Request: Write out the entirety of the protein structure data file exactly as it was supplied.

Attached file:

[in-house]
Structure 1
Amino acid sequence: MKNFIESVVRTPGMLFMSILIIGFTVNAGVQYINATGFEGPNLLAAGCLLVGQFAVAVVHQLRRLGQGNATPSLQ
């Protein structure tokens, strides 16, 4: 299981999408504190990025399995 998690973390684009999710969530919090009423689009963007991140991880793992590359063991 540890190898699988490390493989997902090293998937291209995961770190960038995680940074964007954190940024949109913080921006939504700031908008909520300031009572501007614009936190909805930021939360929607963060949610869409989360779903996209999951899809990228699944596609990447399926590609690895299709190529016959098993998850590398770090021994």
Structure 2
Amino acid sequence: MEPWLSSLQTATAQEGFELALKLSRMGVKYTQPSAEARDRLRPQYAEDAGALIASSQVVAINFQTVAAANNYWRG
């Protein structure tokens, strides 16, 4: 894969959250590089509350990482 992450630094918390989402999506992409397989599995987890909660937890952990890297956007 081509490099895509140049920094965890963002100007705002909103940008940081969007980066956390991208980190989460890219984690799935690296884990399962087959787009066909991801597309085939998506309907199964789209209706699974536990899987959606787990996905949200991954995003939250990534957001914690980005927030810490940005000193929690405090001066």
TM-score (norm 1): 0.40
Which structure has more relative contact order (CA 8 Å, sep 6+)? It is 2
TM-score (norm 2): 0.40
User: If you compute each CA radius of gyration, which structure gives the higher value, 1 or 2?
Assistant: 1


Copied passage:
[in-house]
Structure 1
Amino acid sequence: MKNFIESVVRTPGMLFMSILIIGFTVNAGVQYINATGFEGPNLLAAGCLLVGQFAVAVVHQLRRLGQGNATPSLQ
């Protein structure tokens, strides 16, 4: 299981999408504190990025399995 998690973390684009999710969530919090009423689009963007991140991880793992590359063991 540890190898699988490390493989997902090293998937291209995961770190960038995680940074964007954190940024949109913080921006939504700031908008909520300031009572501007614009936190909805930021939360929607963060949610869409989360779903996209999951899809990228699944596609990447399926590609690895299709190529016959098993998850590398770090021994």
Structure 2
Amino acid sequence: MEPWLSSLQTATAQEGFELALKLSRMGVKYTQPSAEARDRLRPQYAEDAGALIASSQVVAINFQTVAAANNYWRG
């Protein structure tokens, strides 16, 4: 894969959250590089509350990482 992450630094918390989402999506992409397989599995987890909660937890952990890297956007 081509490099895509140049920094965890963002100007705002909103940008940081969007980066956390991208980190989460890219984690799935690296884990399962087959787009066909991801597309085939998506309907199964789209209706699974536990899987959606787990996905949200991954995003939250990534957001914690980005927030810490940005000193929690405090001066």
TM-score (norm 1): 0.40
Which structure has more relative contact order (CA 8 Å, sep 6+)? It is 2
TM-score (norm 2): 0.40
User: If you compute each CA radius of gyration, which structure gives the higher value, 1 or 2?
Assistant: 1